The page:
What is postpartum depression?
Postpartum depression is a type of depression that occurs after pregnancy and can happen to anyone. There are many things that can lead to postpartum depression such as life stress, hormonal changes, and the demands of becoming a new parent.
You might be more likely to experience postpartum depression if you experienced postpartum depression during a previous pregnancy and/or if you have a personal or family history of depression or bipolar disorder.
What does postpartum depression feel like?
Individuals with postpartum depression may describe feeling unusually exhausted, overwhelmed, or sad, which may make it challenging for daily functioning. Some other common symptoms include:
- Difficulty concentrating
- Abnormal appetite, weight changes, or both
- Trouble bonding or forming an attachment with your baby
- Uncertainty about your ability to be a successful partner and/or parent
- Occasional thoughts about death, suicide, or harming oneself or the baby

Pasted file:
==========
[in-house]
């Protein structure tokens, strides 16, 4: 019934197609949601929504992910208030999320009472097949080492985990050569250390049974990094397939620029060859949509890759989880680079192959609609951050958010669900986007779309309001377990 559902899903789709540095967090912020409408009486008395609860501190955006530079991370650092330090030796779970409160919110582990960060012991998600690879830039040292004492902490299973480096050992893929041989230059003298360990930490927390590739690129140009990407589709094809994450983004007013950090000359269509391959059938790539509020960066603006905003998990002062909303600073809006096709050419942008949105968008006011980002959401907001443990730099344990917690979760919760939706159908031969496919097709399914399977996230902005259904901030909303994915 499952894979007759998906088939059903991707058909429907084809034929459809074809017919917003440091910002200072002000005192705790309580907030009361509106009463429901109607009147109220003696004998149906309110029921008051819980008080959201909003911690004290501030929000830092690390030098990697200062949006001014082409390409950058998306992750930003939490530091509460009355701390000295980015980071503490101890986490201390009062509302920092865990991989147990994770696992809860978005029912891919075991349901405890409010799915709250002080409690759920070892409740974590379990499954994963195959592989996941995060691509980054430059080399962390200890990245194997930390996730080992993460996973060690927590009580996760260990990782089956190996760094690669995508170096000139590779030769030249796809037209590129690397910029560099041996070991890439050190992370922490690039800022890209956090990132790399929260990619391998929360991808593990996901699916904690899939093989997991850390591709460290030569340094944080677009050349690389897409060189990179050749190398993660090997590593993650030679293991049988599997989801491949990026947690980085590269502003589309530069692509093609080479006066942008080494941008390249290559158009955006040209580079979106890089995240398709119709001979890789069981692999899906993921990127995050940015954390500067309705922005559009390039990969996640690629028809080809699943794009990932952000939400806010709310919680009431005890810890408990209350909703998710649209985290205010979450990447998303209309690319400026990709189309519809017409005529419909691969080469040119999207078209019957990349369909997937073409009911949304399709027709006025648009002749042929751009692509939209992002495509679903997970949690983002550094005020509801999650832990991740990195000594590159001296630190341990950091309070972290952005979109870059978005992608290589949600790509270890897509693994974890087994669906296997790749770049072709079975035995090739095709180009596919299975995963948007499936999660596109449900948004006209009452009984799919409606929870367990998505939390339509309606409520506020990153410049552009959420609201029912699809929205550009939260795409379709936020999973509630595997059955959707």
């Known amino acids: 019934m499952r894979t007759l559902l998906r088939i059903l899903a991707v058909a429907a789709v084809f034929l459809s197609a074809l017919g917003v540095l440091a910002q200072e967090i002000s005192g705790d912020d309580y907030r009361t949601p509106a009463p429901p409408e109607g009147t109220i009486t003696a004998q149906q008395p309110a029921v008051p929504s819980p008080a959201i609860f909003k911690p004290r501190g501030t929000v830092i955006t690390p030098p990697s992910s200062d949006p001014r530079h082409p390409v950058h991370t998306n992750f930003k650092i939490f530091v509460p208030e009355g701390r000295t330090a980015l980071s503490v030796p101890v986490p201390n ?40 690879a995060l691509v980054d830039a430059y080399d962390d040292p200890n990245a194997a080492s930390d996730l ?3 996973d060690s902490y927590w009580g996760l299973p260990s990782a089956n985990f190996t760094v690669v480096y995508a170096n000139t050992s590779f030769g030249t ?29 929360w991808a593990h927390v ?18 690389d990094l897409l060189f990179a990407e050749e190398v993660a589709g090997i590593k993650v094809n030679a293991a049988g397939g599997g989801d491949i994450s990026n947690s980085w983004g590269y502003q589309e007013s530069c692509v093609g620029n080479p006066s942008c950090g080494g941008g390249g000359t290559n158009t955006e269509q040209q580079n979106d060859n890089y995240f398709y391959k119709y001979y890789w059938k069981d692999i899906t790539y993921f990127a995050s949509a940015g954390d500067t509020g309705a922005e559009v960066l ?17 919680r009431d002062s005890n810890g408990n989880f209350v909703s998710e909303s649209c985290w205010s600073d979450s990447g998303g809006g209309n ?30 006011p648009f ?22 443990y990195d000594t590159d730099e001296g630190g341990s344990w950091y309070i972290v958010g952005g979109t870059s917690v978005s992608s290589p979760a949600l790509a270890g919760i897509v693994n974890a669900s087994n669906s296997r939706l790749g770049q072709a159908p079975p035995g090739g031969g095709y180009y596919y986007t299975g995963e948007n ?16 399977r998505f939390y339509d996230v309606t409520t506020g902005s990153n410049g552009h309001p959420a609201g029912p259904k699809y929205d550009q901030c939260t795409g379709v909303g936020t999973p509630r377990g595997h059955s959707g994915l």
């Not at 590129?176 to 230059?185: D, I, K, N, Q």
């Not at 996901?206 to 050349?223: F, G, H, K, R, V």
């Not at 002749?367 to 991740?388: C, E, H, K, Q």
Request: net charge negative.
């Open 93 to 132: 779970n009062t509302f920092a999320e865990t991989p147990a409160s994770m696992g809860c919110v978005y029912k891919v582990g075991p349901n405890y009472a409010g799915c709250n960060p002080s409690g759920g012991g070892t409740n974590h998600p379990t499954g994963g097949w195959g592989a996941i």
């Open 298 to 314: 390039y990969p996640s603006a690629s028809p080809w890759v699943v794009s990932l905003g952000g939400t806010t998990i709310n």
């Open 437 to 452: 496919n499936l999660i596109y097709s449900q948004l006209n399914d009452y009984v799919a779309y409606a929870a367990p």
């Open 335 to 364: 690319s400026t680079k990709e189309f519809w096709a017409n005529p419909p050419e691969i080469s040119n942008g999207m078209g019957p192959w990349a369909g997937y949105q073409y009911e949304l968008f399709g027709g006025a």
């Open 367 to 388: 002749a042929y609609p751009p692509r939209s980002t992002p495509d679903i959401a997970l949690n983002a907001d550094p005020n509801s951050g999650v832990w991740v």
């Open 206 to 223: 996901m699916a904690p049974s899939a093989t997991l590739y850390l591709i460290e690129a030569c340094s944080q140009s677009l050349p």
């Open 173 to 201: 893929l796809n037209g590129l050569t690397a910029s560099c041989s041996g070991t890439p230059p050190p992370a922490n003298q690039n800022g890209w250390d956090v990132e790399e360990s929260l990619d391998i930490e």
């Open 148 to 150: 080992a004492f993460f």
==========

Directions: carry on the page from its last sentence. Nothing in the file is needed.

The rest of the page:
How does postpartum depression differ from “baby blues”?
The term “baby blues” is used when a new parent experiences mild mood changes and/or increased feelings of worry, tiredness, and sadness within the first two weeks after childbirth. If these feelings persist beyond 2 weeks, then you may have postpartum depression. Only a healthcare provider can determine whether or not your symptoms are due to postpartum depression. If you are experiencing any of these symptoms please contact your healthcare provider.
If you believe you might be experiencing symptoms of postpartum depression, it will be important to talk to your healthcare provider so that you all can collaboratively create a plan that will help you feel better. Treating your postpartum depression is not only important for your health, but also for the health of your baby!
Most parents see an improvement in their symptoms with a proper treatment plan. The best ways to treat postpartum depression include medications, therapy, or a combination of the two. In terms of counseling, most parents seek out a therapist who specializes in postpartum and/or maternal mental health. In regards to medications, parents should work with their doctor to determine if medications would be appropriate for their concerns.
Oftentimes it can be difficult for parents to ask for help, especially if they are experiencing symptoms of postpartum depression. However, feelings of stress and isolation can increase your feelings of depression, so we encourage you to use your support system during this time. Talk to your partner, family members, friends, and healthcare provider to discuss ways they can offer support.